Mission Monday: Security forces enterprise pre-deployment training

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  • AFIMSC Public Affairs

JOINT BASE SAN ANTONIO-LACKLAND, Texas – It’s Mission Monday. Meet Master Sgt. Andrew Sertich, NCO in charge of operations at the Air Force Security Forces Center’s Detachment 3, Desert Defender Ground Combat Readiness Training Center at Fort Bliss, Texas. 

Sertich and his team of 92 active-duty, Guard, Reserve and civilian personnel ensure combatant commanders receive mission-ready Airmen by executing all pre-deployment training for more than 5,000 security forces Total Force Airmen annually. 

Their work involves coordinating with AFSFC teammates, the Air Force Installation and Mission Support Center, major command functional managers, National Guard Bureau and Air Force Reserve Component managers to implement more than 130 independent courses. This includes all live firing and weapons training, mounted and dismounted operations, close quarters battle, counter-improvised explosive device training, military working dog training and small unmanned aerial systems initial and mission qualification training.

We asked the San Antonio native to tell us more about himself and the work he does for the Department of the Air Force.

What do you love about your job? 
That the position requires familiarity with a wide range of mission aspects, many which are beyond the scope of most operational security forces units. From weapons and air frames, to regional threats, you’re forced to grow as not just a Defender but an Airman. Additionally, exposure to DAF-level force presentations has been an eye-opening experience. Understanding and articulating the intricate details of how DDGCRT positively impacts the security and stability of entire regions is one of the many benefits of this job. We have the opportunity to learn from and work closely with thousands of security forces members each year from all backgrounds and mission sets which is a humbling experience! 

When it comes to your job, what keeps you motivated? 
We’re the final touchpoint for Airmen heading into dangerous locations around the world and as such, the weight and gravity of what we do every day at Desert Defender isn’t lost on us. Our cadre and all the supporting functions such as medics, vehicle maintenance, logistics, cyber and intelligence provide a vast network of resources to draw upon while we execute the mission. When you step back and look at what this unit accomplishes each day (often in field conditions), it really is inspirational and serves as the primary means for my motivation to continue improving our processes, course offerings and cadre.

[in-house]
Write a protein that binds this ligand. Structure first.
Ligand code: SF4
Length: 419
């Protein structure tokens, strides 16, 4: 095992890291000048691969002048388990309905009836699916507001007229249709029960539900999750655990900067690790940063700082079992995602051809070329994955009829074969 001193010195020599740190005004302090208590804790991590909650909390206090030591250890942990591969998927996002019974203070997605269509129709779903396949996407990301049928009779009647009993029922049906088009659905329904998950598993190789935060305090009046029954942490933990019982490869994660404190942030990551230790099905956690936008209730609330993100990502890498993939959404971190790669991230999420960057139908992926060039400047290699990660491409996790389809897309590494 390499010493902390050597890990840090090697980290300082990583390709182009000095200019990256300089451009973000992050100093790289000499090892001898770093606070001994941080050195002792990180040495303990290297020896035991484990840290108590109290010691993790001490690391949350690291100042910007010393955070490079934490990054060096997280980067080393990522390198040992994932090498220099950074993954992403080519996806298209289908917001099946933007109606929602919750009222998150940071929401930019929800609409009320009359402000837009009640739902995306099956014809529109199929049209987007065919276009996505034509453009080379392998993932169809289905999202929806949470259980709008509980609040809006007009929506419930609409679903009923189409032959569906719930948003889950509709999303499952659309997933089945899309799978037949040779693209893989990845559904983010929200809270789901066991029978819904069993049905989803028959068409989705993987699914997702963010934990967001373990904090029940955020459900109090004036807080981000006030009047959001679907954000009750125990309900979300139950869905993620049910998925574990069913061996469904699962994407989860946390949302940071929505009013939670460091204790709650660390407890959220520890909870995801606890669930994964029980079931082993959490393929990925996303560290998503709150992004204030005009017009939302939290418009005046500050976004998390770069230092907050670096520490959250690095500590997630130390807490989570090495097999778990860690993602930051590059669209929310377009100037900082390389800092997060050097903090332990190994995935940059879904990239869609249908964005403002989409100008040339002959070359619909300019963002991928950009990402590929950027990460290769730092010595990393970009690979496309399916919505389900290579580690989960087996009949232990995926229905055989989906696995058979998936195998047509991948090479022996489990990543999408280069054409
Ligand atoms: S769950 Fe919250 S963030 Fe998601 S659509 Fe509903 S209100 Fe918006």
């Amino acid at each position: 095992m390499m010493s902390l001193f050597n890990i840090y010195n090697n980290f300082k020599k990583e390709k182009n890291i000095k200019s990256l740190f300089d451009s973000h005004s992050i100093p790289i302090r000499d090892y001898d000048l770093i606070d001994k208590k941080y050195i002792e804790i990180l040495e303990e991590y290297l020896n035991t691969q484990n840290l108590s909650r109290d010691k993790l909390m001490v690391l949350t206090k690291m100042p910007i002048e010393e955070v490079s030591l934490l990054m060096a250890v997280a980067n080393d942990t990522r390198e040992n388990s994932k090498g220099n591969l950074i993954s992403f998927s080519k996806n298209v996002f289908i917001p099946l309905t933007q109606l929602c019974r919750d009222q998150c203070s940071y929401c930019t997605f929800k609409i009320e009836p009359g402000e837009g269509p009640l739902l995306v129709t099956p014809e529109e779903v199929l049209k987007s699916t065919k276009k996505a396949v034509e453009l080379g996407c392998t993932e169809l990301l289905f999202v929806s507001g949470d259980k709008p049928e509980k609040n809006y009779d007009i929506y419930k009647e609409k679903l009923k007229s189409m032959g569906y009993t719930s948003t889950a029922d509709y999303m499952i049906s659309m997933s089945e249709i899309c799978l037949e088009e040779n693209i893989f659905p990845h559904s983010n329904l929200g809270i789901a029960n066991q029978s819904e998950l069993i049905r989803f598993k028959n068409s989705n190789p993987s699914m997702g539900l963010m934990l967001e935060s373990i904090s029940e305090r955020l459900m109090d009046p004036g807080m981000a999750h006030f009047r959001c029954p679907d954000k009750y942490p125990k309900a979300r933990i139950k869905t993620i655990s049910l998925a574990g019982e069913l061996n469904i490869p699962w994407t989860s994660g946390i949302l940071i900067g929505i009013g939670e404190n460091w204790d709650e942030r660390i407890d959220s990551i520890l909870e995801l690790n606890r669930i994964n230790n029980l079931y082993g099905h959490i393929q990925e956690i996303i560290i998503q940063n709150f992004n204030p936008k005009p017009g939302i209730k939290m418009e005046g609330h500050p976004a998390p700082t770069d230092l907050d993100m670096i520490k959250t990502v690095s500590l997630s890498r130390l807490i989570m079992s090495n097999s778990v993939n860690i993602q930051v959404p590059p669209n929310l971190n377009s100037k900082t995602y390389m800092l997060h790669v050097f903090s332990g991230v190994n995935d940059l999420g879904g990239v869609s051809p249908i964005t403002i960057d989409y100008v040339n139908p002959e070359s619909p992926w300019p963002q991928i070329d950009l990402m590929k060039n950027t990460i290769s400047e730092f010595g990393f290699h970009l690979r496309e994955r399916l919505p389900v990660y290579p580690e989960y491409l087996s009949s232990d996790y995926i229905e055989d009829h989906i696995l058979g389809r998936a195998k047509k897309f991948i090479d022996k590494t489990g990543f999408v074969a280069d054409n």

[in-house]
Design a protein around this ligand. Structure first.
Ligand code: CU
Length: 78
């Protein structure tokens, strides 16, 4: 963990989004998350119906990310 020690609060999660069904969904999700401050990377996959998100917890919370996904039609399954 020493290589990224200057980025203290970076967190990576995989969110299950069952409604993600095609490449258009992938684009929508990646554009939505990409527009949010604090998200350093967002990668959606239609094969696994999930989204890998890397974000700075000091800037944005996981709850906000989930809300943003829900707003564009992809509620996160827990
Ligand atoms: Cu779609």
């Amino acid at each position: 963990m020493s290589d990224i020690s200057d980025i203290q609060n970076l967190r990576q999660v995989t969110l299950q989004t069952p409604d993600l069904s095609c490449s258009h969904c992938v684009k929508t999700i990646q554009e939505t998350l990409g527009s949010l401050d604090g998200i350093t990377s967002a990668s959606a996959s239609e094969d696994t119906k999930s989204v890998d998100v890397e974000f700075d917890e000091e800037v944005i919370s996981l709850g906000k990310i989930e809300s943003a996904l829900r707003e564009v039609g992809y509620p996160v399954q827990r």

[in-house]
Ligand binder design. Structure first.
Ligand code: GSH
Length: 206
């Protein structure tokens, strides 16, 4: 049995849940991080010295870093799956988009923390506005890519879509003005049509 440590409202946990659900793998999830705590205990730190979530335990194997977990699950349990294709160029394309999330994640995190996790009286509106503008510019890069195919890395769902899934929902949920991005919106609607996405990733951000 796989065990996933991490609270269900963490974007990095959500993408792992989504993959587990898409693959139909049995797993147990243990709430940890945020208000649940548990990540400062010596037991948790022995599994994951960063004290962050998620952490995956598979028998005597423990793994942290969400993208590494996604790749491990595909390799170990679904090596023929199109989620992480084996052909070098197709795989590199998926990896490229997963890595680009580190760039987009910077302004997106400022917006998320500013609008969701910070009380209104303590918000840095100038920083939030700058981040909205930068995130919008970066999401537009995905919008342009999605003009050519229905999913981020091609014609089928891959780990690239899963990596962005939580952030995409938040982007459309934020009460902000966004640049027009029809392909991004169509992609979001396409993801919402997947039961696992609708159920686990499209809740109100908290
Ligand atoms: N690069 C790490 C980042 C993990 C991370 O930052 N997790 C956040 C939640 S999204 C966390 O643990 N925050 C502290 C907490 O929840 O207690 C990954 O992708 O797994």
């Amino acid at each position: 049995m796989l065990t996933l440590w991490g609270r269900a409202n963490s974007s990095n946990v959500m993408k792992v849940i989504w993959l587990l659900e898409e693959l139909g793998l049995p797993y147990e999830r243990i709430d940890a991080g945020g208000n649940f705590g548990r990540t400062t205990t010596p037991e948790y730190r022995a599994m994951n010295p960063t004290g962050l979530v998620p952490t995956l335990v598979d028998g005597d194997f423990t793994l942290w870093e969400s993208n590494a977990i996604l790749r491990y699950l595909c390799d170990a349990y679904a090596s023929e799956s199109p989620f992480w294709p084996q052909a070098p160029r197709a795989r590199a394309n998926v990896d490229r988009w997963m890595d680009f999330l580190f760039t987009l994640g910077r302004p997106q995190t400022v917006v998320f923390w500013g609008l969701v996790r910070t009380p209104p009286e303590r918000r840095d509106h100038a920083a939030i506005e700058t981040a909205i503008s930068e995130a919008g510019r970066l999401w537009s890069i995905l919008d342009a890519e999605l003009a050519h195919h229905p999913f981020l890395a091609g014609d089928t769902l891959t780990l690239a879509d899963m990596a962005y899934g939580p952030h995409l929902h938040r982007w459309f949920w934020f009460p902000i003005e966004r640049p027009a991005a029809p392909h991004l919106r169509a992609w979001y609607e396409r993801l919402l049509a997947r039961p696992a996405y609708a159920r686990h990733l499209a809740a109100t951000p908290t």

Why are you and your team important to the Air Force and Space Force enterprise and your customers? 
The Air and Space Forces enterprise is largely unable to carry out their mission without a safe and secure environment to operate from. That responsibility rests on all our shoulders but security forces are specifically charged with ensuring the safety and security of DAF assets. If we look back at air power and how it has evolved over the last 100 years, Air Base Ground Defense tactics and procedures are largely shaped by notable failures in security where entire airfields were lost, like at the Battle of Crete. This is at the forefront of my mind each day and I enjoy sharing these lessons with my teammates so we can remain focused on what is truly important for each other and our customers. 

Describe a project or event you and your team worked on recently that gave you a great sense of accomplishment: 
As a recent graduate of the University of Incarnate Word’s Master of Science in Organizational Development and Leadership, I used the skills obtained in that coursework to develop and publish our Instructor Development Process. Collectively, the team and I spent several months drafting and designing policy that was aimed at capturing the unique talent pool we have here as a Total Force organization. We’re continuing to evolve this process to ensure we are allocating resources at appropriate developmental milestones to ensure advanced skillsets are balanced to meet the needs of our cadre, the security forces career field and the DAF. This project serves as the bedrock upon which we can build a robust and professional corps of dedicated instructors to provide the highest quality training available to deploying security forces Airmen. 

How does what you do support AFIMSC’s strategic priorities?
I believe we’re supporting each AFIMSC line of effort on a daily basis. Our core function as a ground combat readiness training center is to increase lethality and readiness and to amplify warfighter culture. The other senior NCOs and I have an inherent responsibility to strengthen our Airmen and their families. Lastly, we’re setting new benchmarks with respect to organizational excellence as we leverage and develop the incredible members that fill the ranks of this unit.

Is there anything else you’d like to add which might help people understand the importance of what you do for the Department of the Air Force? 
Our mission at Desert Defender is centered around the DAF’s investment in training and equipping warfighters (of which we do both). Many people automatically default to aircraft and pilots when they think of the DAF mission, which is paramount, however those sorties can’t happen without the entire security forces enterprise providing security. I always point them to the last four lines of the Blue Beret poem: 

“This piece of ground, we will defend, 
Side by side ‘til the bitter end. 
So fear not pilot, you can fly all day,
This base is guarded by the Blue Beret.”